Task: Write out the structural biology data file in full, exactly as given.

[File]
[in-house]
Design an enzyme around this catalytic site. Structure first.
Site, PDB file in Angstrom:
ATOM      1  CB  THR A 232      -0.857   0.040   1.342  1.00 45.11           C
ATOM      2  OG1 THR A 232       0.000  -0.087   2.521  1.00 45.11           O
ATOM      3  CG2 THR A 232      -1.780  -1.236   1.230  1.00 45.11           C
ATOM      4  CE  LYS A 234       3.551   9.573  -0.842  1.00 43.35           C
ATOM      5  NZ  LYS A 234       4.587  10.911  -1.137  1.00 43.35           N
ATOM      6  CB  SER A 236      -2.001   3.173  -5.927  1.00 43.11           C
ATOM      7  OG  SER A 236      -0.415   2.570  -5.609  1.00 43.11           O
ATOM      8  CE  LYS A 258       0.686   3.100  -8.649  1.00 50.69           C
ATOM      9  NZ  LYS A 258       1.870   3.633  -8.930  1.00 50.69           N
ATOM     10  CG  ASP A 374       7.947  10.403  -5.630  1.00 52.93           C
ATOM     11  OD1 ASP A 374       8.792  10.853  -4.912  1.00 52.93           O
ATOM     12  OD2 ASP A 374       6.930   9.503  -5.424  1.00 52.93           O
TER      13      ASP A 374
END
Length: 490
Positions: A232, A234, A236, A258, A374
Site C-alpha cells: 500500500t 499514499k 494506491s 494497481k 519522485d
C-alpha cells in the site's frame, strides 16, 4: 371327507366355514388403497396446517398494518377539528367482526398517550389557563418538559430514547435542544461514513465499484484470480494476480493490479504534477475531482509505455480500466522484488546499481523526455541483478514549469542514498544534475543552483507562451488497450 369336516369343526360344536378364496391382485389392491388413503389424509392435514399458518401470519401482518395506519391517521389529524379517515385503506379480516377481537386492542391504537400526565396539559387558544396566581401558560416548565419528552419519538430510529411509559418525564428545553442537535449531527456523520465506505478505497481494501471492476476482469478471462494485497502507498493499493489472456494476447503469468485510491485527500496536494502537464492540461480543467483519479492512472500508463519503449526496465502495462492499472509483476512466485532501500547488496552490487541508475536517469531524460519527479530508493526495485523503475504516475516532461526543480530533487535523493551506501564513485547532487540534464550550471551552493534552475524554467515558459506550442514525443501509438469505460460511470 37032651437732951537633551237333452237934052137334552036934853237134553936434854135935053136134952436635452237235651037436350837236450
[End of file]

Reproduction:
[in-house]
Design an enzyme around this catalytic site. Structure first.
Site, PDB file in Angstrom:
ATOM      1  CB  THR A 232      -0.857   0.040   1.342  1.00 45.11           C
ATOM      2  OG1 THR A 232       0.000  -0.087   2.521  1.00 45.11           O
ATOM      3  CG2 THR A 232      -1.780  -1.236   1.230  1.00 45.11           C
ATOM      4  CE  LYS A 234       3.551   9.573  -0.842  1.00 43.35           C
ATOM      5  NZ  LYS A 234       4.587  10.911  -1.137  1.00 43.35           N
ATOM      6  CB  SER A 236      -2.001   3.173  -5.927  1.00 43.11           C
ATOM      7  OG  SER A 236      -0.415   2.570  -5.609  1.00 43.11           O
ATOM      8  CE  LYS A 258       0.686   3.100  -8.649  1.00 50.69           C
ATOM      9  NZ  LYS A 258       1.870   3.633  -8.930  1.00 50.69           N
ATOM     10  CG  ASP A 374       7.947  10.403  -5.630  1.00 52.93           C
ATOM     11  OD1 ASP A 374       8.792  10.853  -4.912  1.00 52.93           O
ATOM     12  OD2 ASP A 374       6.930   9.503  -5.424  1.00 52.93           O
TER      13      ASP A 374
END
Length: 490
Positions: A232, A234, A236, A258, A374
Site C-alpha cells: 500500500t 499514499k 494506491s 494497481k 519522485d
C-alpha cells in the site's frame, strides 16, 4: 371327507366355514388403497396446517398494518377539528367482526398517550389557563418538559430514547435542544461514513465499484484470480494476480493490479504534477475531482509505455480500466522484488546499481523526455541483478514549469542514498544534475543552483507562451488497450 369336516369343526360344536378364496391382485389392491388413503389424509392435514399458518401470519401482518395506519391517521389529524379517515385503506379480516377481537386492542391504537400526565396539559387558544396566581401558560416548565419528552419519538430510529411509559418525564428545553442537535449531527456523520465506505478505497481494501471492476476482469478471462494485497502507498493499493489472456494476447503469468485510491485527500496536494502537464492540461480543467483519479492512472500508463519503449526496465502495462492499472509483476512466485532501500547488496552490487541508475536517469531524460519527479530508493526495485523503475504516475516532461526543480530533487535523493551506501564513485547532487540534464550550471551552493534552475524554467515558459506550442514525443501509438469505460460511470 37032651437732951537633551237333452237934052137334552036934853237134553936434854135935053136134952436635452237235651037436350837236450